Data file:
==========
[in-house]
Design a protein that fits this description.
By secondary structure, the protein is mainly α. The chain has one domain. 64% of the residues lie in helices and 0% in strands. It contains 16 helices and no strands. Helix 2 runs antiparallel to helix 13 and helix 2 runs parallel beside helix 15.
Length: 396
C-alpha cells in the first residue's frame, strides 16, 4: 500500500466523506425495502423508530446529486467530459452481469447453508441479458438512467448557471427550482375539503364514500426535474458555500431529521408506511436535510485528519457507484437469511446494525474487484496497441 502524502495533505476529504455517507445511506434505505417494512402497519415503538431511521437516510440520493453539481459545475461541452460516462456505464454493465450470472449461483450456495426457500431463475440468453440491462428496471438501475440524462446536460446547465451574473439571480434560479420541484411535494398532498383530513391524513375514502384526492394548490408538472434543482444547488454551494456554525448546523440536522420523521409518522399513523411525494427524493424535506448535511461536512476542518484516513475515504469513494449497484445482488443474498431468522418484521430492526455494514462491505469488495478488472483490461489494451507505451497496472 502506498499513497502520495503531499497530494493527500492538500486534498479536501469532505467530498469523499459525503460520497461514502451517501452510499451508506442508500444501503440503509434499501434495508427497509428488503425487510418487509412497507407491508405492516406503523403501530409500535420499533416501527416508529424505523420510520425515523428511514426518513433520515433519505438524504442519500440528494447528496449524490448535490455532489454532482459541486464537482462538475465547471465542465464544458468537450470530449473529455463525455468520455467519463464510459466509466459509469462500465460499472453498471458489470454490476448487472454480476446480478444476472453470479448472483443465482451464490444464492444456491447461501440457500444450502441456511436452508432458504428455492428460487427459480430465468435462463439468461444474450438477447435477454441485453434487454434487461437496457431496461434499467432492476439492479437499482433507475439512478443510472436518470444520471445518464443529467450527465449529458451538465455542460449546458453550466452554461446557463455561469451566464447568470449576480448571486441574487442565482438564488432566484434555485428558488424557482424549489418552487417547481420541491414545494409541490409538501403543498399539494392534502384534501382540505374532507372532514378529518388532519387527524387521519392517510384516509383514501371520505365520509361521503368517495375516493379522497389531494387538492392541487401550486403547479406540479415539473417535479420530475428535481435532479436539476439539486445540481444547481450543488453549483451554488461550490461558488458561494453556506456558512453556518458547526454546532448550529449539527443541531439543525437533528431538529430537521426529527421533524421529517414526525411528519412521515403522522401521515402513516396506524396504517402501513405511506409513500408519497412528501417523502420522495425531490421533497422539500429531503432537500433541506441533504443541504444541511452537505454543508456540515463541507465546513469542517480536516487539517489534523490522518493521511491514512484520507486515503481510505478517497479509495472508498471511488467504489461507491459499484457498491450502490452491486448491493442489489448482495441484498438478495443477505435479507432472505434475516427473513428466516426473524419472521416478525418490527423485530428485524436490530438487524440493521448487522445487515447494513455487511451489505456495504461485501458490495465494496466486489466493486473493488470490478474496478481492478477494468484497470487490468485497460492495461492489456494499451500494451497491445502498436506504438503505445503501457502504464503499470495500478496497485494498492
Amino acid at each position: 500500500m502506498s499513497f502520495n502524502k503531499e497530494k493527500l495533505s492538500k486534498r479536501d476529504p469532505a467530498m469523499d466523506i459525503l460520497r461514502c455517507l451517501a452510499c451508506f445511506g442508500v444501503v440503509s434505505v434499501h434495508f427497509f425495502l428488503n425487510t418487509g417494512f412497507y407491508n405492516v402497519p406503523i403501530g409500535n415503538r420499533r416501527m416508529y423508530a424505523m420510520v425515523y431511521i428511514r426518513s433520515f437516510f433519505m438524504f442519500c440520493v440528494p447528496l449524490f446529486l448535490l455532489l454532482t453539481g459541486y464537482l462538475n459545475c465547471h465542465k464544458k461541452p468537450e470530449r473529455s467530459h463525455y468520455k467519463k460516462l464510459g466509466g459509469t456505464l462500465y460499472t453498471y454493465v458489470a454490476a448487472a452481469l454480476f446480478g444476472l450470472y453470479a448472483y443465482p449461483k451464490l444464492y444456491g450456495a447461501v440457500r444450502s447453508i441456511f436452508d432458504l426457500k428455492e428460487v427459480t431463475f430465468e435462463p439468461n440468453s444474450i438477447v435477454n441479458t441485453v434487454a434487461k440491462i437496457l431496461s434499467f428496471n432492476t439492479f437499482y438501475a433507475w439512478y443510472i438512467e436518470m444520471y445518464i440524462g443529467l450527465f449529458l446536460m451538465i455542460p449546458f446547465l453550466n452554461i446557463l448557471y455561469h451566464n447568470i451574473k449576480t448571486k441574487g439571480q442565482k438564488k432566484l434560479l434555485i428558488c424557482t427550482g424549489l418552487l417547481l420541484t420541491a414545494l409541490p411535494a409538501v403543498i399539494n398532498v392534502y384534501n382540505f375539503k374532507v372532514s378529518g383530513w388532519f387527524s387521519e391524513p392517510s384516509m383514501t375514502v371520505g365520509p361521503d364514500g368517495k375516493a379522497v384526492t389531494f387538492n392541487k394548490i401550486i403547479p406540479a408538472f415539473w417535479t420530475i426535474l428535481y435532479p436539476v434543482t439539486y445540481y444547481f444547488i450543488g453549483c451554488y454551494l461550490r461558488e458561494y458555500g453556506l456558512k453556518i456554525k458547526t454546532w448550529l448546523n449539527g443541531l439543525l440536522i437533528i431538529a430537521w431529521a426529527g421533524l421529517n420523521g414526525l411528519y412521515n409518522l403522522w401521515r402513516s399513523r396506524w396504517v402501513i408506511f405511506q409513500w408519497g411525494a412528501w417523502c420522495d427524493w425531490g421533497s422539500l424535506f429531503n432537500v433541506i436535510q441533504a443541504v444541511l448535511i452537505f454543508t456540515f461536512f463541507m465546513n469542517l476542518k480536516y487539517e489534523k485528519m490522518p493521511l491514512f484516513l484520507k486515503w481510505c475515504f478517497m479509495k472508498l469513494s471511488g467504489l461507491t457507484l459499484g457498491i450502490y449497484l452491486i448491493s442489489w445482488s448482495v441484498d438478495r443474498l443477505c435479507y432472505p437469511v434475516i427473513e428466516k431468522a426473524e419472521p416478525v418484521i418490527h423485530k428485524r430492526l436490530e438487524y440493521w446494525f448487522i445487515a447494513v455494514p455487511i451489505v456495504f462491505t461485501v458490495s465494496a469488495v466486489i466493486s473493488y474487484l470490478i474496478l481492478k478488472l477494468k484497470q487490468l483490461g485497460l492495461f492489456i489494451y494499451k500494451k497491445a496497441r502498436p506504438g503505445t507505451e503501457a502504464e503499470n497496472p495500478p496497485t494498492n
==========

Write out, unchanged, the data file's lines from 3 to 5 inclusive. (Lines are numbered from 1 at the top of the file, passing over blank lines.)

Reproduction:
By secondary structure, the protein is mainly α. The chain has one domain. 64% of the residues lie in helices and 0% in strands. It contains 16 helices and no strands. Helix 2 runs antiparallel to helix 13 and helix 2 runs parallel beside helix 15.
Length: 396
C-alpha cells in the first residue's frame, strides 16, 4: 500500500466523506425495502423508530446529486467530459452481469447453508441479458438512467448557471427550482375539503364514500426535474458555500431529521408506511436535510485528519457507484437469511446494525474487484496497441 502524502495533505476529504455517507445511506434505505417494512402497519415503538431511521437516510440520493453539481459545475461541452460516462456505464454493465450470472449461483450456495426457500431463475440468453440491462428496471438501475440524462446536460446547465451574473439571480434560479420541484411535494398532498383530513391524513375514502384526492394548490408538472434543482444547488454551494456554525448546523440536522420523521409518522399513523411525494427524493424535506448535511461536512476542518484516513475515504469513494449497484445482488443474498431468522418484521430492526455494514462491505469488495478488472483490461489494451507505451497496472 502506498499513497502520495503531499497530494493527500492538500486534498479536501469532505467530498469523499459525503460520497461514502451517501452510499451508506442508500444501503440503509434499501434495508427497509428488503425487510418487509412497507407491508405492516406503523403501530409500535420499533416501527416508529424505523420510520425515523428511514426518513433520515433519505438524504442519500440528494447528496449524490448535490455532489454532482459541486464537482462538475465547471465542465464544458468537450470530449473529455463525455468520455467519463464510459466509466459509469462500465460499472453498471458489470454490476448487472454480476446480478444476472453470479448472483443465482451464490444464492444456491447461501440457500444450502441456511436452508432458504428455492428460487427459480430465468435462463439468461444474450438477447435477454441485453434487454434487461437496457431496461434499467432492476439492479437499482433507475439512478443510472436518470444520471445518464443529467450527465449529458451538465455542460449546458453550466452554461446557463455561469451566464447568470449576480448571486441574487442565482438564488432566484434555485428558488424557482424549489418552487417547481420541491414545494409541490409538501403543498399539494392534502384534501382540505374532507372532514378529518388532519387527524387521519392517510384516509383514501371520505365520509361521503368517495375516493379522497389531494387538492392541487401550486403547479406540479415539473417535479420530475428535481435532479436539476439539486445540481444547481450543488453549483451554488461550490461558488458561494453556506456558512453556518458547526454546532448550529449539527443541531439543525437533528431538529430537521426529527421533524421529517414526525411528519412521515403522522401521515402513516396506524396504517402501513405511506409513500408519497412528501417523502420522495425531490421533497422539500429531503432537500433541506441533504443541504444541511452537505454543508456540515463541507465546513469542517480536516487539517489534523490522518493521511491514512484520507486515503481510505478517497479509495472508498471511488467504489461507491459499484457498491450502490452491486448491493442489489448482495441484498438478495443477505435479507432472505434475516427473513428466516426473524419472521416478525418490527423485530428485524436490530438487524440493521448487522445487515447494513455487511451489505456495504461485501458490495465494496466486489466493486473493488470490478474496478481492478477494468484497470487490468485497460492495461492489456494499451500494451497491445502498436506504438503505445503501457502504464503499470495500478496497485494498492